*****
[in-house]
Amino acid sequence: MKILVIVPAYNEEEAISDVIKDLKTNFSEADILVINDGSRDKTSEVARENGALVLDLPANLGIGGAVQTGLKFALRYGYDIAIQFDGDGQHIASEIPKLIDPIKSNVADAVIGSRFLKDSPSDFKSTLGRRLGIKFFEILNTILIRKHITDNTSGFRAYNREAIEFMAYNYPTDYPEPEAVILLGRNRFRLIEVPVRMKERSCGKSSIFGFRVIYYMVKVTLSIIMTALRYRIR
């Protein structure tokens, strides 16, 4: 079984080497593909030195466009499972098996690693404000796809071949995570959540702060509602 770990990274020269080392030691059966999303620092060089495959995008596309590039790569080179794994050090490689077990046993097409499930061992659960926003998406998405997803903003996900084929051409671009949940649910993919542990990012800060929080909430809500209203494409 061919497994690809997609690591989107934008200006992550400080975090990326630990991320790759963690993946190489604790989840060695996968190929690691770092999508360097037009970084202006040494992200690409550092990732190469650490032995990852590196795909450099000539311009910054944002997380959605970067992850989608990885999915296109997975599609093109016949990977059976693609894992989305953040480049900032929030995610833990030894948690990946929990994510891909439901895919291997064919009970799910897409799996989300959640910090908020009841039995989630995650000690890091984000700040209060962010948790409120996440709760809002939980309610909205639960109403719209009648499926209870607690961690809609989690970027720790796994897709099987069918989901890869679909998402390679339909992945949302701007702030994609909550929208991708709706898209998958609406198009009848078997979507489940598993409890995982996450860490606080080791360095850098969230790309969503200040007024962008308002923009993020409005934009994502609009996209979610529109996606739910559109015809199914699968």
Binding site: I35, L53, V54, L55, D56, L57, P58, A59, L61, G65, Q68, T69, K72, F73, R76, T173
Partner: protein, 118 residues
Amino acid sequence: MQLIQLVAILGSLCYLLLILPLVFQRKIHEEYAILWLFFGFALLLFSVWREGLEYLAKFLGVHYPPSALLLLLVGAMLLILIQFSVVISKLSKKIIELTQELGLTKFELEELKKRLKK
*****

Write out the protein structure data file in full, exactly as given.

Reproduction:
[in-house]
Amino acid sequence: MKILVIVPAYNEEEAISDVIKDLKTNFSEADILVINDGSRDKTSEVARENGALVLDLPANLGIGGAVQTGLKFALRYGYDIAIQFDGDGQHIASEIPKLIDPIKSNVADAVIGSRFLKDSPSDFKSTLGRRLGIKFFEILNTILIRKHITDNTSGFRAYNREAIEFMAYNYPTDYPEPEAVILLGRNRFRLIEVPVRMKERSCGKSSIFGFRVIYYMVKVTLSIIMTALRYRIR
């Protein structure tokens, strides 16, 4: 079984080497593909030195466009499972098996690693404000796809071949995570959540702060509602 770990990274020269080392030691059966999303620092060089495959995008596309590039790569080179794994050090490689077990046993097409499930061992659960926003998406998405997803903003996900084929051409671009949940649910993919542990990012800060929080909430809500209203494409 061919497994690809997609690591989107934008200006992550400080975090990326630990991320790759963690993946190489604790989840060695996968190929690691770092999508360097037009970084202006040494992200690409550092990732190469650490032995990852590196795909450099000539311009910054944002997380959605970067992850989608990885999915296109997975599609093109016949990977059976693609894992989305953040480049900032929030995610833990030894948690990946929990994510891909439901895919291997064919009970799910897409799996989300959640910090908020009841039995989630995650000690890091984000700040209060962010948790409120996440709760809002939980309610909205639960109403719209009648499926209870607690961690809609989690970027720790796994897709099987069918989901890869679909998402390679339909992945949302701007702030994609909550929208991708709706898209998958609406198009009848078997979507489940598993409890995982996450860490606080080791360095850098969230790309969503200040007024962008308002923009993020409005934009994502609009996209979610529109996606739910559109015809199914699968």
Binding site: I35, L53, V54, L55, D56, L57, P58, A59, L61, G65, Q68, T69, K72, F73, R76, T173
Partner: protein, 118 residues
Amino acid sequence: MQLIQLVAILGSLCYLLLILPLVFQRKIHEEYAILWLFFGFALLLFSVWREGLEYLAKFLGVHYPPSALLLLLVGAMLLILIQFSVVISKLSKKIIELTQELGLTKFELEELKKRLKK